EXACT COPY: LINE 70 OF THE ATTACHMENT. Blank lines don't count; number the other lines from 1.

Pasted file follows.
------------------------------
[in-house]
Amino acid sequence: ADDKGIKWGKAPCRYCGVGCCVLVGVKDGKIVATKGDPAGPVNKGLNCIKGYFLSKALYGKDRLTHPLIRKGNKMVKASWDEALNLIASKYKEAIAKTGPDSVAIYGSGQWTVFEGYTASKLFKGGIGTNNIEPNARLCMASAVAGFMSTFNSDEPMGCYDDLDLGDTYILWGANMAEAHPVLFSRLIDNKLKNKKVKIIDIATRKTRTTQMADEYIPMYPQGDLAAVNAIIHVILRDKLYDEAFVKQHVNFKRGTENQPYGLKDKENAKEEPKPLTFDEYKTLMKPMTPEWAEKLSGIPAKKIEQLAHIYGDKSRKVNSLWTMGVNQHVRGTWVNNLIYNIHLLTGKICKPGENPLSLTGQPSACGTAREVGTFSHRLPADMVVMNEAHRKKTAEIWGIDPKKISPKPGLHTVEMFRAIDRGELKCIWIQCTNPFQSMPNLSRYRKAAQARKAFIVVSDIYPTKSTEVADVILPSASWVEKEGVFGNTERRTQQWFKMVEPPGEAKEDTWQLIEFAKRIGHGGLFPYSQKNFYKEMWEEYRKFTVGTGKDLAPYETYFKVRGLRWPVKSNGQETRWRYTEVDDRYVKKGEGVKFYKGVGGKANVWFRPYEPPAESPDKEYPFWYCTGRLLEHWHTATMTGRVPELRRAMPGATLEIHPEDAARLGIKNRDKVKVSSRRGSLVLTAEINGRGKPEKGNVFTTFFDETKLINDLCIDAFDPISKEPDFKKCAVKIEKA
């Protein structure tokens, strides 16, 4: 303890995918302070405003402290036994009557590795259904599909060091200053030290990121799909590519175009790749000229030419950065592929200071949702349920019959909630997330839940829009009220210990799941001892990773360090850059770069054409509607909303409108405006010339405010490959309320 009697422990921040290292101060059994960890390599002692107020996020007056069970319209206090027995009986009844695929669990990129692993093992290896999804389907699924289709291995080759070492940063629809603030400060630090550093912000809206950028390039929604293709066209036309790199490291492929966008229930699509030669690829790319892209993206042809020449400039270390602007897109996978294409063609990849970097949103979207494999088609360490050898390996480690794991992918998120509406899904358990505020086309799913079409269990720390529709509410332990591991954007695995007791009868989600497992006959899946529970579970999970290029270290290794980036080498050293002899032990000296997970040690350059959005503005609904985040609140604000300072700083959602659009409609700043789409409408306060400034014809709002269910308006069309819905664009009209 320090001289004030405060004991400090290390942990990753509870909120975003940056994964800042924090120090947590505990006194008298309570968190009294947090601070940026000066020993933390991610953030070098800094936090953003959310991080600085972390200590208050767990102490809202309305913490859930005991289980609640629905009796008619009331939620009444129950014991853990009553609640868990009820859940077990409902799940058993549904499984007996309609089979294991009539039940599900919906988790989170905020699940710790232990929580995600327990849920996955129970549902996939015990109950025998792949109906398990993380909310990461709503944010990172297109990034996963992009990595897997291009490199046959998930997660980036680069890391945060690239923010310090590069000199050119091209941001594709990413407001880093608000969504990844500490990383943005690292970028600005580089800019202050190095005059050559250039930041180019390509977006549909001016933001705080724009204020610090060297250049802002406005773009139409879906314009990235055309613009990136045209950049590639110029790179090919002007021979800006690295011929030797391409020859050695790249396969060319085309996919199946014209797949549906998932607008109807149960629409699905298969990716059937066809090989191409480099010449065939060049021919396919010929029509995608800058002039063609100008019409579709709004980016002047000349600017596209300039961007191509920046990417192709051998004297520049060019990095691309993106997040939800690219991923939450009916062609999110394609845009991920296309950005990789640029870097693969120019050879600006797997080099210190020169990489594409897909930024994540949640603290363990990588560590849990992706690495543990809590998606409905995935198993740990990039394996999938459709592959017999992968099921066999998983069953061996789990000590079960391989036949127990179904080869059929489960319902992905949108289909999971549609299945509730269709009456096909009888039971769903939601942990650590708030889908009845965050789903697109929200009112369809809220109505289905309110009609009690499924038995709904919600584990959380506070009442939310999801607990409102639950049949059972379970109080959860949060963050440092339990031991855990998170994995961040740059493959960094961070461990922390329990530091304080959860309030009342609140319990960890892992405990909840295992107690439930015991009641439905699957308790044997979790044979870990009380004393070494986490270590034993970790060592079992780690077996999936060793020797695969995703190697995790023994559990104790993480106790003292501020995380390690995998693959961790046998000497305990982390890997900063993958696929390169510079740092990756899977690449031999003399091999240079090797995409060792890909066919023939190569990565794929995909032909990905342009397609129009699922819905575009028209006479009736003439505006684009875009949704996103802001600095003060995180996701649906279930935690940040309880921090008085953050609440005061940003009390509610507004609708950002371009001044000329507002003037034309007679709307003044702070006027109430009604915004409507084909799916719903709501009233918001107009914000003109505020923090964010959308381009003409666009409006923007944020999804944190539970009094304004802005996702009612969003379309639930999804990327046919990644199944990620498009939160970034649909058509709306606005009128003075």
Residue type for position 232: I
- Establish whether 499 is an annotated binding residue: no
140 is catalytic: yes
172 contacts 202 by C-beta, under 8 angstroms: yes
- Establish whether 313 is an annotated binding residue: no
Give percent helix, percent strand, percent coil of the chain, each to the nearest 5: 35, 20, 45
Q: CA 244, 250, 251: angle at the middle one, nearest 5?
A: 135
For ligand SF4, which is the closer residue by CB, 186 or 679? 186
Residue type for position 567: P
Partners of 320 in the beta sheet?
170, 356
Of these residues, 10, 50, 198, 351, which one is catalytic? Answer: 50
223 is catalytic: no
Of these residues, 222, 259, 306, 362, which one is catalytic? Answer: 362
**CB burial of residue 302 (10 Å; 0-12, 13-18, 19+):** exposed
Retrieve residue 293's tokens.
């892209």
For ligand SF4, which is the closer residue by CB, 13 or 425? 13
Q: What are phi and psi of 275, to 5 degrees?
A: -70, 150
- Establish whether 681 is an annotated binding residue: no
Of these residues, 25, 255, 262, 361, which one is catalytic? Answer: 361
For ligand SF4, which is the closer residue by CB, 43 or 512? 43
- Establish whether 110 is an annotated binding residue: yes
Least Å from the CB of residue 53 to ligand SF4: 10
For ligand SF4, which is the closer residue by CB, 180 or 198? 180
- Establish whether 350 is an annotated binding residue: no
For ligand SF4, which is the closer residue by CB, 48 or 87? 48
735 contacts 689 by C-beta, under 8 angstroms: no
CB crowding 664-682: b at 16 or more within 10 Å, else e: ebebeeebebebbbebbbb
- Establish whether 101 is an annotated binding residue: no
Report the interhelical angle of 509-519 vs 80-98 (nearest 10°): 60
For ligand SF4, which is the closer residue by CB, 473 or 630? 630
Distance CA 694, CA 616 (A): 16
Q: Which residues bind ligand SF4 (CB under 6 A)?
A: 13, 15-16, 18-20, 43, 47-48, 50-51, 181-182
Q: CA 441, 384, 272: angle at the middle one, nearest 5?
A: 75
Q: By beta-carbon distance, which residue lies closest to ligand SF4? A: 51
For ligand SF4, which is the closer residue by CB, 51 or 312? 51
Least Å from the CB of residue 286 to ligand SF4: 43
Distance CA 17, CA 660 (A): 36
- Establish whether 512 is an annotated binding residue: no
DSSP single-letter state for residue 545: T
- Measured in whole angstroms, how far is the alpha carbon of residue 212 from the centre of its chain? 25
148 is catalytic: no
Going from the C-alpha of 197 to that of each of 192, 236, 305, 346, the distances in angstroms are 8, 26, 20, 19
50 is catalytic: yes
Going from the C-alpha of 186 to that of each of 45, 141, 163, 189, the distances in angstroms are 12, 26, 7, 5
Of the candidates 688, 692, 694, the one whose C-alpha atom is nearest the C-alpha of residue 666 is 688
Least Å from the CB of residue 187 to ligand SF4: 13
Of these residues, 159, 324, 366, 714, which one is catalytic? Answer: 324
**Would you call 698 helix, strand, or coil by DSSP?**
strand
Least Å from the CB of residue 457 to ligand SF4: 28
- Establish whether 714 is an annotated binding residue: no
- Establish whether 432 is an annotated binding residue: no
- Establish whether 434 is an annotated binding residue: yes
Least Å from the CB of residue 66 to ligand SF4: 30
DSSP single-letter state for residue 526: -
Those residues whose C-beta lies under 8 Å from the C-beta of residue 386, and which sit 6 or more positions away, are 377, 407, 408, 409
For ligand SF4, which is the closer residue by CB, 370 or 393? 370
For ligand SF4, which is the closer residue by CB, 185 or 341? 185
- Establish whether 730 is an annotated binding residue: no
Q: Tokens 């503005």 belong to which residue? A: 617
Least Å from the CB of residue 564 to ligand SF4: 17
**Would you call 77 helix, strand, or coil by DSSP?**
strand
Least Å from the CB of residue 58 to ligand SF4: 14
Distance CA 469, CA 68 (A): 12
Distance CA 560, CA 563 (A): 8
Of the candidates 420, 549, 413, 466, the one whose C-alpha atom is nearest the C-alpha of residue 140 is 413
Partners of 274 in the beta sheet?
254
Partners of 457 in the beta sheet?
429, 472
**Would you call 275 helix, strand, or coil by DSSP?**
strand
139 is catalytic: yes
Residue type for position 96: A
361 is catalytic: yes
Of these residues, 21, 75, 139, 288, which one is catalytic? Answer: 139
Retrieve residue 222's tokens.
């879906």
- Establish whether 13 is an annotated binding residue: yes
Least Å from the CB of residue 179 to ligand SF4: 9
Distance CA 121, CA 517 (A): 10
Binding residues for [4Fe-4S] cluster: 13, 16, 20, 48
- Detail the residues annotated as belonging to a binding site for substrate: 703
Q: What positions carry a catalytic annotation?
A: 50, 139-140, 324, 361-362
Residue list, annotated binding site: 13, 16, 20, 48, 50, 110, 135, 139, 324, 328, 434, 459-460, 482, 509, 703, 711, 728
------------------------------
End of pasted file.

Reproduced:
Least Å from the CB of residue 564 to ligand SF4: 17